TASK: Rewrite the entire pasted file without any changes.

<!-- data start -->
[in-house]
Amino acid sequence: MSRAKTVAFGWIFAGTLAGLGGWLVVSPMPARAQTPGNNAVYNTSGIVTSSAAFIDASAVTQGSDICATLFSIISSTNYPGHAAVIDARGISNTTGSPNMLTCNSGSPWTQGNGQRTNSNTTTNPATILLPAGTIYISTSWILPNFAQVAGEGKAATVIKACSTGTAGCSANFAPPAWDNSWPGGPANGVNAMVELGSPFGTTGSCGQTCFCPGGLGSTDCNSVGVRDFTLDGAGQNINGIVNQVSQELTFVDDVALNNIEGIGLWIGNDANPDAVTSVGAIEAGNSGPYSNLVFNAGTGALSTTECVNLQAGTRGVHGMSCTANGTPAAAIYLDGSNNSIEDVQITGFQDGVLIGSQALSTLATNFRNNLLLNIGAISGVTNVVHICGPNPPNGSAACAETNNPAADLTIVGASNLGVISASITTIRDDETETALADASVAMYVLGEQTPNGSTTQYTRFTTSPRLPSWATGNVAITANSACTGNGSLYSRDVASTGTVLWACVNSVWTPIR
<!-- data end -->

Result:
[in-house]
Amino acid sequence: MSRAKTVAFGWIFAGTLAGLGGWLVVSPMPARAQTPGNNAVYNTSGIVTSSAAFIDASAVTQGSDICATLFSIISSTNYPGHAAVIDARGISNTTGSPNMLTCNSGSPWTQGNGQRTNSNTTTNPATILLPAGTIYISTSWILPNFAQVAGEGKAATVIKACSTGTAGCSANFAPPAWDNSWPGGPANGVNAMVELGSPFGTTGSCGQTCFCPGGLGSTDCNSVGVRDFTLDGAGQNINGIVNQVSQELTFVDDVALNNIEGIGLWIGNDANPDAVTSVGAIEAGNSGPYSNLVFNAGTGALSTTECVNLQAGTRGVHGMSCTANGTPAAAIYLDGSNNSIEDVQITGFQDGVLIGSQALSTLATNFRNNLLLNIGAISGVTNVVHICGPNPPNGSAACAETNNPAADLTIVGASNLGVISASITTIRDDETETALADASVAMYVLGEQTPNGSTTQYTRFTTSPRLPSWATGNVAITANSACTGNGSLYSRDVASTGTVLWACVNSVWTPIR